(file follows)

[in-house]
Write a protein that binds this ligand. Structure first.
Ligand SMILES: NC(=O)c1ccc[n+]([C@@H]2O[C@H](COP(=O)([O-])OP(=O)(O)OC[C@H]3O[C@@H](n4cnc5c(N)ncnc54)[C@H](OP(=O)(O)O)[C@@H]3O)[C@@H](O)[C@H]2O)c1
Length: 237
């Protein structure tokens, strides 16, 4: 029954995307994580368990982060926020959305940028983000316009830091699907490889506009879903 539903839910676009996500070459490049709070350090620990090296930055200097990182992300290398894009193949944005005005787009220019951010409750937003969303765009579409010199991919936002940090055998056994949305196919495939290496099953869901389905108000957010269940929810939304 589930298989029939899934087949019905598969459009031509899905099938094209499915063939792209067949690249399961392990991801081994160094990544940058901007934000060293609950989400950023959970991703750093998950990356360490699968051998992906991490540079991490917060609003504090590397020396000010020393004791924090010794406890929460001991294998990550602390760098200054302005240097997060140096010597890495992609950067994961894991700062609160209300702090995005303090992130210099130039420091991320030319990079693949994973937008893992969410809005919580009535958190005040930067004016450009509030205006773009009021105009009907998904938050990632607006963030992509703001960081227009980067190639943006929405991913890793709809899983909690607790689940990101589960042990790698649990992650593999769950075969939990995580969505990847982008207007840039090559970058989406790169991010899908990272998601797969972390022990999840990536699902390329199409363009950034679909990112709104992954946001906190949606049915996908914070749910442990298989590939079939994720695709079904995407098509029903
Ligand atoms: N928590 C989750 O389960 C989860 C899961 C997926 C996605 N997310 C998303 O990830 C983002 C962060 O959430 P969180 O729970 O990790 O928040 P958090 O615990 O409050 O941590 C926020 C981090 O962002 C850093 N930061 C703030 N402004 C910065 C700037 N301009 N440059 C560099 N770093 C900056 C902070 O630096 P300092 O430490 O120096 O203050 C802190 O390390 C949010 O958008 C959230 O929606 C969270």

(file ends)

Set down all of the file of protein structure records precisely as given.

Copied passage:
[in-house]
Write a protein that binds this ligand. Structure first.
Ligand SMILES: NC(=O)c1ccc[n+]([C@@H]2O[C@H](COP(=O)([O-])OP(=O)(O)OC[C@H]3O[C@@H](n4cnc5c(N)ncnc54)[C@H](OP(=O)(O)O)[C@@H]3O)[C@@H](O)[C@H]2O)c1
Length: 237
């Protein structure tokens, strides 16, 4: 029954995307994580368990982060926020959305940028983000316009830091699907490889506009879903 539903839910676009996500070459490049709070350090620990090296930055200097990182992300290398894009193949944005005005787009220019951010409750937003969303765009579409010199991919936002940090055998056994949305196919495939290496099953869901389905108000957010269940929810939304 589930298989029939899934087949019905598969459009031509899905099938094209499915063939792209067949690249399961392990991801081994160094990544940058901007934000060293609950989400950023959970991703750093998950990356360490699968051998992906991490540079991490917060609003504090590397020396000010020393004791924090010794406890929460001991294998990550602390760098200054302005240097997060140096010597890495992609950067994961894991700062609160209300702090995005303090992130210099130039420091991320030319990079693949994973937008893992969410809005919580009535958190005040930067004016450009509030205006773009009021105009009907998904938050990632607006963030992509703001960081227009980067190639943006929405991913890793709809899983909690607790689940990101589960042990790698649990992650593999769950075969939990995580969505990847982008207007840039090559970058989406790169991010899908990272998601797969972390022990999840990536699902390329199409363009950034679909990112709104992954946001906190949606049915996908914070749910442990298989590939079939994720695709079904995407098509029903
Ligand atoms: N928590 C989750 O389960 C989860 C899961 C997926 C996605 N997310 C998303 O990830 C983002 C962060 O959430 P969180 O729970 O990790 O928040 P958090 O615990 O409050 O941590 C926020 C981090 O962002 C850093 N930061 C703030 N402004 C910065 C700037 N301009 N440059 C560099 N770093 C900056 C902070 O630096 P300092 O430490 O120096 O203050 C802190 O390390 C949010 O958008 C959230 O929606 C969270």